One of the more interesting facets of my practice is the otherwise well-meaning clients who don’t take my advice or suggestions – in spite of the fact that they are paying me for those very things. Over the years I’ve become pretty adept at sensing when a client “shuts down”; i.e., knows that some course of action might work, but doesn’t want to do it.
Psychotherapy and counseling refer to a process of self-change. But people who seek therapy don’t always want to change. They DO want relief from their symptoms, depression, anxiety, and other painful emotions, but at the same time they don’t want to change or challenge the fundamental defenses and/or behaviors that would allow them to – perhaps permanently – overcome their psychological maladies. According to Robert Firestone Ph.D. at psychologytoday.com, most people fear a basic change in their identity, be it positive or negative. It all boils down to the fact that people are sometimes afraid to change because they don’t wish to alter the way they think.
My experience has shown that people in therapy who get better are the ones who are willing to challenge the way they think. For example: “I’m depressed because I’m constantly doing for others. I never make time for myself.” In response, I might say, “So why not make more time for yourself?” “Because that’s selfish and bad,” they instantly respond, “My mother always taught me that. Everyone says it’s bad.” I pursue that line of thought by saying, “So why not change the way you think? Being self-interested isn’t bad. It’s a new way of thinking!” [Insert ANXIETY here.]
The inescapable point is that people are products of the way they think. That might seem obvious at first glance, but it’s easier said than done. We feel the way we do because of what and how we think. If you don’t like the way you feel, then you’ll have to change the way you think. If you don’t … well, you’re going to keep feeling bad. Though it is indeed easier said than done, it is most certainly doable. Many of my clients not only take on that challenge, but actually become happier and less anxious once they get good at it.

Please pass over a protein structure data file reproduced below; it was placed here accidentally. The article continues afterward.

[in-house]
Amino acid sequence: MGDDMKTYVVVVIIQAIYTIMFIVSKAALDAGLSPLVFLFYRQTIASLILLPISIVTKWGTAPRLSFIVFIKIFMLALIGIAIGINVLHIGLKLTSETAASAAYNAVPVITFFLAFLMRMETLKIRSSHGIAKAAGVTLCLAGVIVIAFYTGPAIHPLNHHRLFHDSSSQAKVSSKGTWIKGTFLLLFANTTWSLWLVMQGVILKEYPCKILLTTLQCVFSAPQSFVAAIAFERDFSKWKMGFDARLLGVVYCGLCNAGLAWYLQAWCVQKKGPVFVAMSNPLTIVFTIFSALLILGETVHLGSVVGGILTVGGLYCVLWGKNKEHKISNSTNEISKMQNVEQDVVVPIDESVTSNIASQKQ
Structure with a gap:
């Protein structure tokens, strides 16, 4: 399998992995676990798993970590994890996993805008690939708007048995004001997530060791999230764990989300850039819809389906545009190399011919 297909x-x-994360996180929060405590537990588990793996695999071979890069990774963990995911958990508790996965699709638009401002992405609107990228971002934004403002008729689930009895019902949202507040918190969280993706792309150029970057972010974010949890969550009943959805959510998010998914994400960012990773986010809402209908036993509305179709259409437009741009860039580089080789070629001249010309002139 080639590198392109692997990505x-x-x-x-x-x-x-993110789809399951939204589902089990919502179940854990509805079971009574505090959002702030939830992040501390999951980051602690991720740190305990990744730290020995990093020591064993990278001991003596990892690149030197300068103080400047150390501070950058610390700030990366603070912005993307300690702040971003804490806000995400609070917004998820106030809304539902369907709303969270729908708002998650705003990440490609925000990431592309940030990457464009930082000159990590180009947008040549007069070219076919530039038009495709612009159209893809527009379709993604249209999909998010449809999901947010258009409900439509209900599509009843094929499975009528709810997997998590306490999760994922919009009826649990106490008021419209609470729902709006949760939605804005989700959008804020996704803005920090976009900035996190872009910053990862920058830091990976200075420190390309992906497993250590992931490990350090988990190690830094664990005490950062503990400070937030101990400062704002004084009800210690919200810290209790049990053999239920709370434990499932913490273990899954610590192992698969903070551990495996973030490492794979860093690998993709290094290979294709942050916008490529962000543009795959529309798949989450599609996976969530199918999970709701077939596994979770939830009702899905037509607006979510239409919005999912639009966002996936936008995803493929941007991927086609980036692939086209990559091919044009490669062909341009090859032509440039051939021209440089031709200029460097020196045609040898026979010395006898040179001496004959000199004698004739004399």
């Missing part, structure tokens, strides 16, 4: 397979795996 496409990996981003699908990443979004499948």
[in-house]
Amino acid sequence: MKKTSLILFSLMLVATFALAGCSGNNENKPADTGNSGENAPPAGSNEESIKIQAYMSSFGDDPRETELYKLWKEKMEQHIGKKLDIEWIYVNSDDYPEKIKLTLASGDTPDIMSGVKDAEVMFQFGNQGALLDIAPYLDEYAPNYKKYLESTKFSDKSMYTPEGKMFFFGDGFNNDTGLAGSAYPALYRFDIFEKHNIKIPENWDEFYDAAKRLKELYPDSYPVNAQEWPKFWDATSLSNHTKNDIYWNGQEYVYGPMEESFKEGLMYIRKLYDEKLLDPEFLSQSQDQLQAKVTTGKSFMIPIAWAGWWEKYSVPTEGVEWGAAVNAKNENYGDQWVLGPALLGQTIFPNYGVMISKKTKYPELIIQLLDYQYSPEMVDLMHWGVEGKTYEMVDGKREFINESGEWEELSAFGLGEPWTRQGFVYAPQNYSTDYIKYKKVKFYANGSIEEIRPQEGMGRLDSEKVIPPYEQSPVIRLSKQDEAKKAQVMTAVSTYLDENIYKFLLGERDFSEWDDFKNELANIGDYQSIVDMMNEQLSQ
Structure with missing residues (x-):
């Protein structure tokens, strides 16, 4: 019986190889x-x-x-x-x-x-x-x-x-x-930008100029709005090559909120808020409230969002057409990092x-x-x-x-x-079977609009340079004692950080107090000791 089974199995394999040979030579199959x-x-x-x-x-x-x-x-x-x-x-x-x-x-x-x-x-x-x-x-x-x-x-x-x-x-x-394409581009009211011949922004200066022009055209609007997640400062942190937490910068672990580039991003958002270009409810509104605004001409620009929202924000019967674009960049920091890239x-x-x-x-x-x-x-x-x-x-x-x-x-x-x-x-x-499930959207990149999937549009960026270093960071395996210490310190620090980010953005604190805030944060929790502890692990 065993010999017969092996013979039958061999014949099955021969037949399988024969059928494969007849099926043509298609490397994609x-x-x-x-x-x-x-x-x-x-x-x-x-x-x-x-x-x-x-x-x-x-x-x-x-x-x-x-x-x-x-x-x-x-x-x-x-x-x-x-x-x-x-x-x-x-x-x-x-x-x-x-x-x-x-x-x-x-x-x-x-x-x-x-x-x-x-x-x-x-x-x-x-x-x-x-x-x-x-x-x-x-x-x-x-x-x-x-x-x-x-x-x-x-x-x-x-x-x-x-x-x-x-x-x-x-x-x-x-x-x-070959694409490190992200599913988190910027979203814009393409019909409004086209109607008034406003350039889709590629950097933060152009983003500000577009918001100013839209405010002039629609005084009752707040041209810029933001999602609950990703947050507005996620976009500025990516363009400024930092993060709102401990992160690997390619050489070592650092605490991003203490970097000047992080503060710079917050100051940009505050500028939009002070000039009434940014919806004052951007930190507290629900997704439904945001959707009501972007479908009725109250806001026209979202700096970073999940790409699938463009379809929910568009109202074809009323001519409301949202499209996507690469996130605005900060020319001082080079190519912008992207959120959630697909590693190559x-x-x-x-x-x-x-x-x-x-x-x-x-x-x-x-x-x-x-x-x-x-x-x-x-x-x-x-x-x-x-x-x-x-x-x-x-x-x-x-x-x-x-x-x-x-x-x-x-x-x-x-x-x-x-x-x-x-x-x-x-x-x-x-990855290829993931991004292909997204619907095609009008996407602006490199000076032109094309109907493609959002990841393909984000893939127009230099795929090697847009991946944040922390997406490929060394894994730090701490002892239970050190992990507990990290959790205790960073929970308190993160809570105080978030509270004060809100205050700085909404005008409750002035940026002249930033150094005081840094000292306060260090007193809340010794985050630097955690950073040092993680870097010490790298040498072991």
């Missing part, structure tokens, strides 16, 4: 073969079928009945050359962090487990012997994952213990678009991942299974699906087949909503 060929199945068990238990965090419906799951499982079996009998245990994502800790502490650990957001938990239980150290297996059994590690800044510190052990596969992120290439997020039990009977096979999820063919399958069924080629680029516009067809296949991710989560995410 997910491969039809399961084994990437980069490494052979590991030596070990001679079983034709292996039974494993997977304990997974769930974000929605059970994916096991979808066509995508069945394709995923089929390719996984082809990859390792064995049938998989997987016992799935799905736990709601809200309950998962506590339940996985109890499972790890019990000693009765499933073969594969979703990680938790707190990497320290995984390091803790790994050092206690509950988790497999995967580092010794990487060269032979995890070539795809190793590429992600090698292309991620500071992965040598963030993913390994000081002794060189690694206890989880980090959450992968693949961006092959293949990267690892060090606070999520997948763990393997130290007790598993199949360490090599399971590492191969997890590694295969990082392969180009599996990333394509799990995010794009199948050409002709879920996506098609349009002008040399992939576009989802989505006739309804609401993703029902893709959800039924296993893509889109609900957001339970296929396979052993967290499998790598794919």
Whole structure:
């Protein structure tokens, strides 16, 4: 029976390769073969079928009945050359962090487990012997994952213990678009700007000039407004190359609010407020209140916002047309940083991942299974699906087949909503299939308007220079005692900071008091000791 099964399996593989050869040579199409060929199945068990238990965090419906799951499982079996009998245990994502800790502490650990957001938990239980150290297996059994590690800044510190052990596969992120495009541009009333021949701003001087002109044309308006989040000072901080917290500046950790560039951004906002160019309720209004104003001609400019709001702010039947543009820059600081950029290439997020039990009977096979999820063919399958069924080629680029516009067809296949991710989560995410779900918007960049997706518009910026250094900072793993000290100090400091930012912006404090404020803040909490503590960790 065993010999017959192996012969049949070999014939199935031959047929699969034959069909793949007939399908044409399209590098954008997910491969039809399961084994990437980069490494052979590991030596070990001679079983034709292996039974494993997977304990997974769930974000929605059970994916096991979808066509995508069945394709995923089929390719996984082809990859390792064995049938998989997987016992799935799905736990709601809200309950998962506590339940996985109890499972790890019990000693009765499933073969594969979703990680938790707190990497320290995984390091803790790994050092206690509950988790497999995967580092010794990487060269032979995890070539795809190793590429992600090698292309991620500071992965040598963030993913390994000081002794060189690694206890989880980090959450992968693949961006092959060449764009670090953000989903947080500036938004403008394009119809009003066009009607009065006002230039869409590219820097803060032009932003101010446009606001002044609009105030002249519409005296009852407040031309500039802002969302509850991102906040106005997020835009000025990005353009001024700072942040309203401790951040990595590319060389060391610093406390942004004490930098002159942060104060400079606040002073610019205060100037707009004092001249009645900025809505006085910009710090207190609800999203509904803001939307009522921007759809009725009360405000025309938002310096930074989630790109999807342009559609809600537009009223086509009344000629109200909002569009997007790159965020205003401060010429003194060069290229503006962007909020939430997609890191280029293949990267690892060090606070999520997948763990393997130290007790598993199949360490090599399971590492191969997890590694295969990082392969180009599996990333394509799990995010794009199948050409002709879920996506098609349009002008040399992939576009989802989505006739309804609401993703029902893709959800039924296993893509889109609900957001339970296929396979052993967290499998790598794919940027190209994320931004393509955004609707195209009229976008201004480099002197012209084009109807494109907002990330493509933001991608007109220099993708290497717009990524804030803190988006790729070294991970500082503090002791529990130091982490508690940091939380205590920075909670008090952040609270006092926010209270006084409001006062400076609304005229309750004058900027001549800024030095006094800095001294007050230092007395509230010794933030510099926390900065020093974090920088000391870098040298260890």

And forget about medication. This process is less physically invasive and much more permanent than any pill will ever be. Whether antidepressant/anti-anxiety medication helps or not – and often it does not, or brings with it unpleasant side effects – pills will never actually make you think differently. Only you can do that.
If you’re willing, a good friend or a skilled counselor can help you start the process, but in the end you and only you are sovereign over your own mind. That sovereignty is self-evident to some people, but can represent a terrifying prospect to others. If you’re in the latter category, or if you’re simply confused about the issue, you could benefit from the help of a counselor or therapist who can talk to you objectively. And, no, not because you’re “crazy”, but because the way most of us have been trained to think is crazy. In fact, given the “one-size-fits-all” nature of our educational system, many of us have never been trained to think critically at all.
That’s one of the primary reasons for the growing crisis of self-confidence, societal unity, and liberty in the world. Societies and nations are nothing more than people. And people with psychological problems can’t handle liberty. We’re told that democracy dies in darkness. My experience suggests that liberty and critical thinking perish under the constant onslaught of unearned guilt and other mental conflicts. Psychological problems develop when people hold contradictory or unsustainable ideas such as, “Someone is coming to rescue me,” or, “I shouldn’t have to be totally responsible for myself.” Sadly, many of these misguided ideas are encouraged by those who benefit from the control it brings. But if the world is to become more rational, it will take a society of people willing to think for themselves and become more rational in the process.
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